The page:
South Asia and Beyond

Putin Baiter Barred From Contesting Russia Presidential Poll

 Putin Baiter Barred From Contesting Russia Presidential Poll

Russian president Vladimir Putin’s main contender Boris Nadezhdin has been rejected by the election commission from contesting in next month’s presidential polls, Nadezhdin announced on social media.

The election commission found a 15.4% defect rate in Nadezhdin’s signatures supporting his candidacy. In Russia, only a maximum of 5% defect rate is permissible.

Nadezhdin said that he tried to challenge the commission’s claims that 15% of the signatures he submitted were flawed but the bid was rejected. He added that he would challenge the decision in Russia’s Supreme Court.

The anti-war proponent has faced severe backlash from the state-controlled media which says that he was being propped up by political exiles such as Maxim Katz and Mikhail Khodorkovsky.

Nadezhdin had promised that if voted to power, he would hold talks with Ukraine and immediately release all political prisoners including Alexei Navalny and Ilya Yashin.

Nitin A Gokhale WhatsApp Channel

Earlier, hundreds of people across cities in the country had come out to give their signatures in his support to allow him to be registered as a candidate.

Nadezhdin is a seasoned politician who has been around since the 1990s. Terming the Ukraine military operation as a “fatal mistake”, he criticised the government’s war efforts. He launched his campaign last year amid questions on whether he would be allowed to contest against Putin if he was not doing it without the backing of the Kremlin.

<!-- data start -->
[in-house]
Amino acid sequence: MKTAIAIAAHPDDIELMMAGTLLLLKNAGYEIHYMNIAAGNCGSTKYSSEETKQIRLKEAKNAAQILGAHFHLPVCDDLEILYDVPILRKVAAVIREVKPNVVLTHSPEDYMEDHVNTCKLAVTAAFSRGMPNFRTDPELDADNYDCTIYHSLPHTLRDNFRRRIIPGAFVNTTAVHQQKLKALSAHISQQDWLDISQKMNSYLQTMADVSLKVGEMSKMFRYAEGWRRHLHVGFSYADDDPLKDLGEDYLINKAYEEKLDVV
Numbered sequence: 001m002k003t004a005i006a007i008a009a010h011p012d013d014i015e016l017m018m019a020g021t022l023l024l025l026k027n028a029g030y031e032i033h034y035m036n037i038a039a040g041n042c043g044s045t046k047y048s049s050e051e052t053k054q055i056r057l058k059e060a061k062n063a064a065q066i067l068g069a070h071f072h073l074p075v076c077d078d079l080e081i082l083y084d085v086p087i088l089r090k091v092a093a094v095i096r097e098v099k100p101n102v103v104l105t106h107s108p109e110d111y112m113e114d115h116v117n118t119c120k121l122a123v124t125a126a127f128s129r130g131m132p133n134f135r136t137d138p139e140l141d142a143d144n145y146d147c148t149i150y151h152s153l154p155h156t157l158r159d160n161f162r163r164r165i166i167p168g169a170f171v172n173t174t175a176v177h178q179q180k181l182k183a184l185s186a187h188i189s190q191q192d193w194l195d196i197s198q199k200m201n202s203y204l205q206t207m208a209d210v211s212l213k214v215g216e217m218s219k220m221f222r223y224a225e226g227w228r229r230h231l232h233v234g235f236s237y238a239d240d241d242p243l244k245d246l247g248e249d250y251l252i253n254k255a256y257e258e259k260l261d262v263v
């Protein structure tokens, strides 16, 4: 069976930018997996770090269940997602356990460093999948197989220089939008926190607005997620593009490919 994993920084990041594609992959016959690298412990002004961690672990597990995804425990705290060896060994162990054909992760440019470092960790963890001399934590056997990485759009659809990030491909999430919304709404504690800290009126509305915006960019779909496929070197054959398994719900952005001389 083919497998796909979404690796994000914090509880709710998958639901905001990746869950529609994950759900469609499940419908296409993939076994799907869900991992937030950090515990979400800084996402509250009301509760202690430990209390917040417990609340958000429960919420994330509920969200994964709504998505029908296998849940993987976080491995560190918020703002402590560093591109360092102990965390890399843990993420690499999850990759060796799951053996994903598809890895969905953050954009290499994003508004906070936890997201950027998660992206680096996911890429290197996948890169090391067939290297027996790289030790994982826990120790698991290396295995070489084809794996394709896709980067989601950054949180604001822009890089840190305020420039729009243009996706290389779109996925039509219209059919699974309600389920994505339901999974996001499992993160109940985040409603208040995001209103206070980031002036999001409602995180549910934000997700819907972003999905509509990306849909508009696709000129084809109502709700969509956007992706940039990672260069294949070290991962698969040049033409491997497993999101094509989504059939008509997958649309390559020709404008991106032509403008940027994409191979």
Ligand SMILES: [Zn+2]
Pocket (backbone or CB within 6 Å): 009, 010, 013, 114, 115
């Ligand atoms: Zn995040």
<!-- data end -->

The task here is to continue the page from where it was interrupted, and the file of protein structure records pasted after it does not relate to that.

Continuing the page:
Those opposing Putin in Russia have been handed lengthy jail sentences as he has dominated the political scene in Russia since 2000.

Strengthening his grip on power, Putin brought about a constitutional amendment in 2020 that would allow him to stay in power beyond 2024. If Putin wins the polls in March, he will remain president until 2030 and will also have the option of serving another six years until 2036. In earlier elections, candidates have been able to contest only if they were thought of having no chance of winning against Putin.

Subrat Nanda

At six feet and over, cool, calm and always collected. Never a hair out of place. He is the high priest of editorial facts, grammar is his baby and headlines are meat on the bone. Loves samosas and cricket, tracks Twitter and when in his cups, nothing better than Jagjit Singh’s ghazals.

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